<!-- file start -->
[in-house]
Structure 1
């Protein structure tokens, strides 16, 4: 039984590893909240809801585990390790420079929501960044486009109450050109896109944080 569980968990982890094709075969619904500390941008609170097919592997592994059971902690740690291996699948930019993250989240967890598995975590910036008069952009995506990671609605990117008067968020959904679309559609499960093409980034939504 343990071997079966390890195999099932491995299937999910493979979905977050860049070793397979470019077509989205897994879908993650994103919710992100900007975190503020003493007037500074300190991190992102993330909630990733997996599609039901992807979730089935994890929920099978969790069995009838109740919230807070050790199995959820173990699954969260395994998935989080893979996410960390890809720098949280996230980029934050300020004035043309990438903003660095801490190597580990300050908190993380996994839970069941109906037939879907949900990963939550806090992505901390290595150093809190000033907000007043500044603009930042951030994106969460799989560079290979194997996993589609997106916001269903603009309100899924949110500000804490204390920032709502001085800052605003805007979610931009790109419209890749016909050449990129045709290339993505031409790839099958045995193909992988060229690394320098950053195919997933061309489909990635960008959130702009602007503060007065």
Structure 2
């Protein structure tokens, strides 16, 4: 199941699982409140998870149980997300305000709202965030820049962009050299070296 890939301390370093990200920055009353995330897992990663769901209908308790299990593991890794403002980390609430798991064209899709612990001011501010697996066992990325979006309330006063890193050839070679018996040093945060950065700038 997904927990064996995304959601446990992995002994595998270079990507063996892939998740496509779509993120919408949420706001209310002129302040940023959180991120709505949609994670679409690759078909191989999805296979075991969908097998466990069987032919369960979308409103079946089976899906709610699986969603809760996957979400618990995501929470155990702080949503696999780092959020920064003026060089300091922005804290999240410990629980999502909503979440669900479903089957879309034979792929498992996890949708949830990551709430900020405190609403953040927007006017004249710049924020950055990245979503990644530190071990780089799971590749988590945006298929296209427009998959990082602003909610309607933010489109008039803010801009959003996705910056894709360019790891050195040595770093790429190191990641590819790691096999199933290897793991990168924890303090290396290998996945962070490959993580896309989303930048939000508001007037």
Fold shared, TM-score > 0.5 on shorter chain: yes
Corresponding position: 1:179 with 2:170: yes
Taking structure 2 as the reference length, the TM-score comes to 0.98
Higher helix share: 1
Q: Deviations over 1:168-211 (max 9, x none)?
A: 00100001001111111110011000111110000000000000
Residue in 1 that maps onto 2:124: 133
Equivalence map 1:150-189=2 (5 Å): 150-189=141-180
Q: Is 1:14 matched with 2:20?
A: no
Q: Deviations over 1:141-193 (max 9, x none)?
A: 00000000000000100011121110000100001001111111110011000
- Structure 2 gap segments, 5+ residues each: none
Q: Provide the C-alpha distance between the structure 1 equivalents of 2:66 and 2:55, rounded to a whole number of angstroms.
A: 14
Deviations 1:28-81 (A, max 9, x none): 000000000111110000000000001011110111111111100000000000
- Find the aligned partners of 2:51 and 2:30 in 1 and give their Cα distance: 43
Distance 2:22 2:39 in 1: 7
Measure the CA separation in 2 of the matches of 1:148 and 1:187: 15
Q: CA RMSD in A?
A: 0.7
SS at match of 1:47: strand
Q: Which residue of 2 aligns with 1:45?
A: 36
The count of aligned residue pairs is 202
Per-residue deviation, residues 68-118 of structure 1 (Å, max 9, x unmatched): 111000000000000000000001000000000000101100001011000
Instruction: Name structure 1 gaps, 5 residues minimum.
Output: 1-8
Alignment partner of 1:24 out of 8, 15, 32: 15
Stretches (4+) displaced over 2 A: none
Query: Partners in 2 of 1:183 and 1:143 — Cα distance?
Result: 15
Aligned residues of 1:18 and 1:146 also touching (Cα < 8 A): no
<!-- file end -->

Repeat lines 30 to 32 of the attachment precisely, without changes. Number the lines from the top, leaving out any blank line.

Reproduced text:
The count of aligned residue pairs is 202
Per-residue deviation, residues 68-118 of structure 1 (Å, max 9, x unmatched): 111000000000000000000001000000000000101100001011000
Instruction: Name structure 1 gaps, 5 residues minimum.